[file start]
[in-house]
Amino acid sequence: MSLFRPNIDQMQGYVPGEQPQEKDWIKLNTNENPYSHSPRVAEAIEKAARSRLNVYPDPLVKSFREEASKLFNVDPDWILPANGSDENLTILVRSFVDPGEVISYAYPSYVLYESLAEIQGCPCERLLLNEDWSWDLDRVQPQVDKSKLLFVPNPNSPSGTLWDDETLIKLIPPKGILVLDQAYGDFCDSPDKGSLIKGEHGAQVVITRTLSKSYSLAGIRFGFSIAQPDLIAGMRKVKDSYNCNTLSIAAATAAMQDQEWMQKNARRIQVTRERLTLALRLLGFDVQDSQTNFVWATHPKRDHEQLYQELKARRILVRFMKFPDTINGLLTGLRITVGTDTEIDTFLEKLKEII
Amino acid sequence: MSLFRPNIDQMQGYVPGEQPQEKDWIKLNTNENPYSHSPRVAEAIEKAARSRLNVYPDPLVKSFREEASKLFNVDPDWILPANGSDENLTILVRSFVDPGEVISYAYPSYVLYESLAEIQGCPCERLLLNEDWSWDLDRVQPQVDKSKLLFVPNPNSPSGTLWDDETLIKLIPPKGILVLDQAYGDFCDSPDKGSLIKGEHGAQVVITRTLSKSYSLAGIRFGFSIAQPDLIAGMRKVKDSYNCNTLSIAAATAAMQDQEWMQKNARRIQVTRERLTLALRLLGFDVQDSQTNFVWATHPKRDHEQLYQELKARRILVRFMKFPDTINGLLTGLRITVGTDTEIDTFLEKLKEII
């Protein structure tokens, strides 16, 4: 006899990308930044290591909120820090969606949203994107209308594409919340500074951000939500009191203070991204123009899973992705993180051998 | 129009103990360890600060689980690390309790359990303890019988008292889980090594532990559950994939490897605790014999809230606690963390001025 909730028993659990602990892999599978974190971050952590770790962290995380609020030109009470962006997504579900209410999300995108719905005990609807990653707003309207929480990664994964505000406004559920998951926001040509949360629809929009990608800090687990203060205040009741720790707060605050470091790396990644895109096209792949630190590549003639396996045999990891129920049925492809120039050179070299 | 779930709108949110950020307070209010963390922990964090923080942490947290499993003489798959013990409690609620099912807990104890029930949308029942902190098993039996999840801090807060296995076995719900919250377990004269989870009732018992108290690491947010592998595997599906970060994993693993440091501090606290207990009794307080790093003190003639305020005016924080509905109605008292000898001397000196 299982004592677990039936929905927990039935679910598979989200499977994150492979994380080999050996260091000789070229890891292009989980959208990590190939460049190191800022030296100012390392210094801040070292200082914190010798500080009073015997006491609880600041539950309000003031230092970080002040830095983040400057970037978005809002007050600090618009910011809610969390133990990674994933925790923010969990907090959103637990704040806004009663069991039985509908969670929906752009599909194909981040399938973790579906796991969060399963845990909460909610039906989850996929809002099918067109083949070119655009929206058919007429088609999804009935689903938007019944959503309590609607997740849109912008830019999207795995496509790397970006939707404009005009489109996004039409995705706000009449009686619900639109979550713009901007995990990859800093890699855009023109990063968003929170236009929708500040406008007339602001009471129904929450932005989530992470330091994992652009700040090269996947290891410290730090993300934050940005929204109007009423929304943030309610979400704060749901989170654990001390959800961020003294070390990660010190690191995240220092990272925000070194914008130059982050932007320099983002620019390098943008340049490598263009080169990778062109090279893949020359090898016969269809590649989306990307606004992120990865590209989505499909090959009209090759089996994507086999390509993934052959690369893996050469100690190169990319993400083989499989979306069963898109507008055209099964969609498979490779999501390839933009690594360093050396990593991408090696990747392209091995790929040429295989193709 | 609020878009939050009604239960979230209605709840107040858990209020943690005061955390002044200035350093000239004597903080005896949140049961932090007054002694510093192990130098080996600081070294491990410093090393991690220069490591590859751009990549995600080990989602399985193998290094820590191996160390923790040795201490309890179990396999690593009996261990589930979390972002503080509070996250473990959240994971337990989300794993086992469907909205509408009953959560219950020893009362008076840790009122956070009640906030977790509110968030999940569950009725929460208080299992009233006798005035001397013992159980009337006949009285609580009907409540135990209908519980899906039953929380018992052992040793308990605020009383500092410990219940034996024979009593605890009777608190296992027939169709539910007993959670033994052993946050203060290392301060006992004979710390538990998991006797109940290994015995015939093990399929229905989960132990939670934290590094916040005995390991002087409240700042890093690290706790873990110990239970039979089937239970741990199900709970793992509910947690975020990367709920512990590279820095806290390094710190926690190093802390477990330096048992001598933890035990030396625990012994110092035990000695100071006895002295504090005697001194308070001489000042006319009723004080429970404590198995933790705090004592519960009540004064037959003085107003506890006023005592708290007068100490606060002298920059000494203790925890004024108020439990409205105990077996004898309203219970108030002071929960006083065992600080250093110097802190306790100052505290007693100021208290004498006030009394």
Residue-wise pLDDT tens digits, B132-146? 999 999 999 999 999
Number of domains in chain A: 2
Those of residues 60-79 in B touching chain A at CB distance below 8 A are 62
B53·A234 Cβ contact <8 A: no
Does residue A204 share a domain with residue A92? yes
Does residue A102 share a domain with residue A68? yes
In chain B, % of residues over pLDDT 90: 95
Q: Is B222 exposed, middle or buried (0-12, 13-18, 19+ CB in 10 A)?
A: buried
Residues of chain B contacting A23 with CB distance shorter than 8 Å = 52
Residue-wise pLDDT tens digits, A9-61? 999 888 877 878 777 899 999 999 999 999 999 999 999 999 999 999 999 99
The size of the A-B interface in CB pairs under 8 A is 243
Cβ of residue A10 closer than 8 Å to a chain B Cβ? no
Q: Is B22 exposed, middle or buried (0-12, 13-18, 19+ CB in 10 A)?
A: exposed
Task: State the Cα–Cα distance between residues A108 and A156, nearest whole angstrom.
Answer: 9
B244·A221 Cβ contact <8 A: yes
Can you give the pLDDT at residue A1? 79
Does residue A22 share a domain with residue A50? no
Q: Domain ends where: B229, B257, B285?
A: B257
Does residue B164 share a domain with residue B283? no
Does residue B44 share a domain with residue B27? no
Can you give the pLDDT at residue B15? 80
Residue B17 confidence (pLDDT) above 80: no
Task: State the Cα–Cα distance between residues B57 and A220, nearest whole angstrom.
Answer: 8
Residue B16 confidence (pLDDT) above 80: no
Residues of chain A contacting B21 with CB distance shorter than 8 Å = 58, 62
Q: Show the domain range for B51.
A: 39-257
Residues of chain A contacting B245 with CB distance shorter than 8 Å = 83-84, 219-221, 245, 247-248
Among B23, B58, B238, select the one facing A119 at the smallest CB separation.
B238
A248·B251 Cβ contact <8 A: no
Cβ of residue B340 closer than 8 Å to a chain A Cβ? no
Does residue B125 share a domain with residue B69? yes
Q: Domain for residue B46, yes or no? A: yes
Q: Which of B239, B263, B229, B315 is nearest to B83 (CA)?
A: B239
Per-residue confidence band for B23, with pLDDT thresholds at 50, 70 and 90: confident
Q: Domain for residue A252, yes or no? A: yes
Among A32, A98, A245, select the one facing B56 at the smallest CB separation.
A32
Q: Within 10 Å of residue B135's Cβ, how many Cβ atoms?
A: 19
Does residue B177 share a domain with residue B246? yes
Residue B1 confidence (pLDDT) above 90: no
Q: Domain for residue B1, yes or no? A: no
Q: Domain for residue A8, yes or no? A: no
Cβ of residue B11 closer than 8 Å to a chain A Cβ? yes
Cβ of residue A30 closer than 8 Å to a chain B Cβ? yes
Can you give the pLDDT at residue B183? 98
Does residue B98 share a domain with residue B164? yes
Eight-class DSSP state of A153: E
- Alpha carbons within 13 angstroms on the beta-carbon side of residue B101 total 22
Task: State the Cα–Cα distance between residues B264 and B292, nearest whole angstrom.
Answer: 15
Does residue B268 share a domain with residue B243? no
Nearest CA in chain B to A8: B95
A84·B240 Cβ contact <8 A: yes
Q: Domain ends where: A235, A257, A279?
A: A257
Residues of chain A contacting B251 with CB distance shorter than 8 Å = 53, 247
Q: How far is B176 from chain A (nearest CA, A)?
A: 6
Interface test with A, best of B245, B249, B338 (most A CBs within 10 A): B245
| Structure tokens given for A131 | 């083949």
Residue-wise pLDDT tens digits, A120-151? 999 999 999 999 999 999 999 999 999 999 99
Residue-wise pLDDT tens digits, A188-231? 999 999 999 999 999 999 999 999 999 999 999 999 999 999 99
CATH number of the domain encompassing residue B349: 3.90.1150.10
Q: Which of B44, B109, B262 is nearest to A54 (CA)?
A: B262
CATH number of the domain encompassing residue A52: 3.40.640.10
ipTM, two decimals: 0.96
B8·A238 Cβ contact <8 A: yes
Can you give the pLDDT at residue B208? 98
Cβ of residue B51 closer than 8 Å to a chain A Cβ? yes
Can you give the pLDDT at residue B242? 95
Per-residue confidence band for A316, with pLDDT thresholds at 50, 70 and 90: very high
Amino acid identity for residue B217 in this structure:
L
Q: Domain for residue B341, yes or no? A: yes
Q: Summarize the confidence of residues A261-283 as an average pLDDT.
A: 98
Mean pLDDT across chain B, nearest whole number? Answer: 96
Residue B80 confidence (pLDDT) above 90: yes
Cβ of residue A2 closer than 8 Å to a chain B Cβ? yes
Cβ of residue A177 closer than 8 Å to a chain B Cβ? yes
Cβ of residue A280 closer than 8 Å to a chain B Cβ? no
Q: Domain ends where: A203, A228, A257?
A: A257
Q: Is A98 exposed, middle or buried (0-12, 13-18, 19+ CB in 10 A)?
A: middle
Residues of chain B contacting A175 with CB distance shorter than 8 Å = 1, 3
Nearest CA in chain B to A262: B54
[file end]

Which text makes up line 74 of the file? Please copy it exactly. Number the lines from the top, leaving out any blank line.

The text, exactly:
Residue-wise pLDDT tens digits, A120-151? 999 999 999 999 999 999 999 999 999 999 99